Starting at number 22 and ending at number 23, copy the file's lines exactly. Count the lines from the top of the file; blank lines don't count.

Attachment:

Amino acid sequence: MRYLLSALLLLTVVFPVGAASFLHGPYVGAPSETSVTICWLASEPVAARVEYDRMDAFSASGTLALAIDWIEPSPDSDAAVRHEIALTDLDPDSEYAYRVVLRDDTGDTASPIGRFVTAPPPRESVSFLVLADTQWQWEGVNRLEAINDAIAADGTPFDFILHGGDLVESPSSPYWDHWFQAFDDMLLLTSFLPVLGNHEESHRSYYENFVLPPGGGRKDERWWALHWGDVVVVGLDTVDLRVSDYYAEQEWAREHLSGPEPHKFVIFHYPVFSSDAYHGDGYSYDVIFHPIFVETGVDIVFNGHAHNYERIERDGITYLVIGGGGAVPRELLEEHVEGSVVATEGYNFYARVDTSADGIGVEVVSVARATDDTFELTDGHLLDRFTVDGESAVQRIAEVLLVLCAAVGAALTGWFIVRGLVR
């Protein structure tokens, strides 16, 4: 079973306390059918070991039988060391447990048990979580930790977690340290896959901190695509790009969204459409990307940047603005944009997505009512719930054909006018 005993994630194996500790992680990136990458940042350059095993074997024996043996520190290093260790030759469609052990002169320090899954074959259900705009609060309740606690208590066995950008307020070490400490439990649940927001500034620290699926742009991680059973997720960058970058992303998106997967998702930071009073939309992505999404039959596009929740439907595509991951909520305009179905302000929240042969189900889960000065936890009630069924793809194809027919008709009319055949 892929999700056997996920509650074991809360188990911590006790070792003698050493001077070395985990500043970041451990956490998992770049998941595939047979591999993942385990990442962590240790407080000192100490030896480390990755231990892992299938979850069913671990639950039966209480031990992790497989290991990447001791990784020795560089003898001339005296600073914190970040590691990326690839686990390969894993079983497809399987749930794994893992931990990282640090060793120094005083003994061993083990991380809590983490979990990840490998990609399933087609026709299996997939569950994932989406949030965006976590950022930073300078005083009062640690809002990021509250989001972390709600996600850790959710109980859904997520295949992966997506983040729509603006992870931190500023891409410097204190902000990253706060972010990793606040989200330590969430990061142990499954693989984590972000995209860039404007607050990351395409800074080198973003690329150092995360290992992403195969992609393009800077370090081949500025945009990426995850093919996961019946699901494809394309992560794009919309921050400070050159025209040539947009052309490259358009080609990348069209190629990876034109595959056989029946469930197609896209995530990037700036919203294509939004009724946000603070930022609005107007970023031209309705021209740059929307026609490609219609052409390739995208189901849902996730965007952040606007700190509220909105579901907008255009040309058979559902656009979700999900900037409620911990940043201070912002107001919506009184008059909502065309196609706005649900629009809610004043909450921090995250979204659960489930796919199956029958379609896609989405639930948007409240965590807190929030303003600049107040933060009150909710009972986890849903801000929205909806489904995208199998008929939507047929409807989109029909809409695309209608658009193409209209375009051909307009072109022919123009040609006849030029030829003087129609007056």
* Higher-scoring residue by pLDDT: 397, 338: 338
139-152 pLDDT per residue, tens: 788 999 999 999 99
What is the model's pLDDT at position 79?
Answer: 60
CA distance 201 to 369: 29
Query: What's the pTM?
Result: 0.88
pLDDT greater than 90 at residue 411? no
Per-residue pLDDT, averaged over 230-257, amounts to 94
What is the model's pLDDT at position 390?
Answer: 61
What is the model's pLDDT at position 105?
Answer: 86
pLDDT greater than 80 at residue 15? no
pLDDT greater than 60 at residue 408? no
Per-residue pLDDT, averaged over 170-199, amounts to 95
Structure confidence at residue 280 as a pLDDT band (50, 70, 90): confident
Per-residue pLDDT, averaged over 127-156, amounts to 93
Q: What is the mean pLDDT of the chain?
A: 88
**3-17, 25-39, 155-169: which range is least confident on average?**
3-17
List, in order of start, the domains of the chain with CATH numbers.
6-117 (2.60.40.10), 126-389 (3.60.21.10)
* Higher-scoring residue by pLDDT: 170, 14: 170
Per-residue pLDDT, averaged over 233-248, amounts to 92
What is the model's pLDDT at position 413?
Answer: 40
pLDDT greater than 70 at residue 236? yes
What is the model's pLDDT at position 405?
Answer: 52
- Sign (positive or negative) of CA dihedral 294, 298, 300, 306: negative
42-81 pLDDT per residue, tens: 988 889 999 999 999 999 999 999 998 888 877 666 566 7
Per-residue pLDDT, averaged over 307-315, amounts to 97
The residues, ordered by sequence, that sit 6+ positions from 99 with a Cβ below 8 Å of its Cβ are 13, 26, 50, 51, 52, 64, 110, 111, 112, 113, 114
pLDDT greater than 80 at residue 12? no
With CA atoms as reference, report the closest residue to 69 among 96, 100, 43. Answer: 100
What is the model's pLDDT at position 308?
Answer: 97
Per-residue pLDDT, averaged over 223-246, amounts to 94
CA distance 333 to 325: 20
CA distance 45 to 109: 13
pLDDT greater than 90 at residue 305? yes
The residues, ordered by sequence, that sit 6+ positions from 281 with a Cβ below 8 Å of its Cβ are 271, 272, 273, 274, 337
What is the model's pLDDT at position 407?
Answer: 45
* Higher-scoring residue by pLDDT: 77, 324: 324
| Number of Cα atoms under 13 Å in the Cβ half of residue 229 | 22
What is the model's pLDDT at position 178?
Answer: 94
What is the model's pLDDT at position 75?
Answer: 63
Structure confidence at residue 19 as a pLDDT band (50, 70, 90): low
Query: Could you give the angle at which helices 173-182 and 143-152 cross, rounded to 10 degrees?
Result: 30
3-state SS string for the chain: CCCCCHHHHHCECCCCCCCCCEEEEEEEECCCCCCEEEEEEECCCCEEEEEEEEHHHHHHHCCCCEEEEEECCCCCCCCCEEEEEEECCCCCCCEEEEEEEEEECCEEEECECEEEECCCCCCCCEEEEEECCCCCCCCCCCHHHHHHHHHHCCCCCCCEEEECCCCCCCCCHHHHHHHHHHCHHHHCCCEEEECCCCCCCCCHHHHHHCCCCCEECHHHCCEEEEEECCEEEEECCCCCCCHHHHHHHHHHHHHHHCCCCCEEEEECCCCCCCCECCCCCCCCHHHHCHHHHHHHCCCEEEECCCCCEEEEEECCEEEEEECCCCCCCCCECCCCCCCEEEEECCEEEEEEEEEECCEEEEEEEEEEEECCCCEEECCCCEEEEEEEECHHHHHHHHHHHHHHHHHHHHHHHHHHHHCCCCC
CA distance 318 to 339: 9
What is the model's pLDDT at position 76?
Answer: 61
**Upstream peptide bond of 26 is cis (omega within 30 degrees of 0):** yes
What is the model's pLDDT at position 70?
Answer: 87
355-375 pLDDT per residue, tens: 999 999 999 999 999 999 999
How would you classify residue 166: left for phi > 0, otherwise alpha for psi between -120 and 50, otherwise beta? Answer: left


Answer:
A: 88
**3-17, 25-39, 155-169: which range is least confident on average?**